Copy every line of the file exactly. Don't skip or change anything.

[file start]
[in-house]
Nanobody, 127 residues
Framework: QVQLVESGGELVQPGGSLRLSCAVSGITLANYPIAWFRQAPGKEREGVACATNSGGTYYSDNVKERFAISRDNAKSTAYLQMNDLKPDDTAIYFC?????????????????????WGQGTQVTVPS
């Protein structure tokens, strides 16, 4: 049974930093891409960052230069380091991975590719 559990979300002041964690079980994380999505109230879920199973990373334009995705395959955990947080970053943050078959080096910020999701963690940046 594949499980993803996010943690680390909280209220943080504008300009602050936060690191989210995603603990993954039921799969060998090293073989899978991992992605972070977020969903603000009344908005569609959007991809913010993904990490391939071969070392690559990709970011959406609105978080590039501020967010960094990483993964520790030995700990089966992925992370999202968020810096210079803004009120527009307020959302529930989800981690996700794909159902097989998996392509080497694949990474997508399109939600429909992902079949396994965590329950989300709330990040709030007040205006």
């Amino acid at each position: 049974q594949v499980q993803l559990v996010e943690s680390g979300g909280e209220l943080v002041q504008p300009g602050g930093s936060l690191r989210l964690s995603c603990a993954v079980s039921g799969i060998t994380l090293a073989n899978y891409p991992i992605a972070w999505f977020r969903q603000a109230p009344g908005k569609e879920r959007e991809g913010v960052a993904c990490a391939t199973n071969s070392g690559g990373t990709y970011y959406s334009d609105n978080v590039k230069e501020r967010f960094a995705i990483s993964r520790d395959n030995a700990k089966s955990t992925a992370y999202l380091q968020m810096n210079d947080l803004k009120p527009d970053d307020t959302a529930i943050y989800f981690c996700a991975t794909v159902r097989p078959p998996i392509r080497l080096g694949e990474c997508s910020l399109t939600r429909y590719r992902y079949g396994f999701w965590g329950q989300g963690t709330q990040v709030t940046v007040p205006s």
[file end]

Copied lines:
[in-house]
Nanobody, 127 residues
Framework: QVQLVESGGELVQPGGSLRLSCAVSGITLANYPIAWFRQAPGKEREGVACATNSGGTYYSDNVKERFAISRDNAKSTAYLQMNDLKPDDTAIYFC?????????????????????WGQGTQVTVPS
């Protein structure tokens, strides 16, 4: 049974930093891409960052230069380091991975590719 559990979300002041964690079980994380999505109230879920199973990373334009995705395959955990947080970053943050078959080096910020999701963690940046 594949499980993803996010943690680390909280209220943080504008300009602050936060690191989210995603603990993954039921799969060998090293073989899978991992992605972070977020969903603000009344908005569609959007991809913010993904990490391939071969070392690559990709970011959406609105978080590039501020967010960094990483993964520790030995700990089966992925992370999202968020810096210079803004009120527009307020959302529930989800981690996700794909159902097989998996392509080497694949990474997508399109939600429909992902079949396994965590329950989300709330990040709030007040205006």
């Amino acid at each position: 049974q594949v499980q993803l559990v996010e943690s680390g979300g909280e209220l943080v002041q504008p300009g602050g930093s936060l690191r989210l964690s995603c603990a993954v079980s039921g799969i060998t994380l090293a073989n899978y891409p991992i992605a972070w999505f977020r969903q603000a109230p009344g908005k569609e879920r959007e991809g913010v960052a993904c990490a391939t199973n071969s070392g690559g990373t990709y970011y959406s334009d609105n978080v590039k230069e501020r967010f960094a995705i990483s993964r520790d395959n030995a700990k089966s955990t992925a992370y999202l380091q968020m810096n210079d947080l803004k009120p527009d970053d307020t959302a529930i943050y989800f981690c996700a991975t794909v159902r097989p078959p998996i392509r080497l080096g694949e990474c997508s910020l399109t939600r429909y590719r992902y079949g396994f999701w965590g329950q989300g963690t709330q990040v709030t940046v007040p205006s």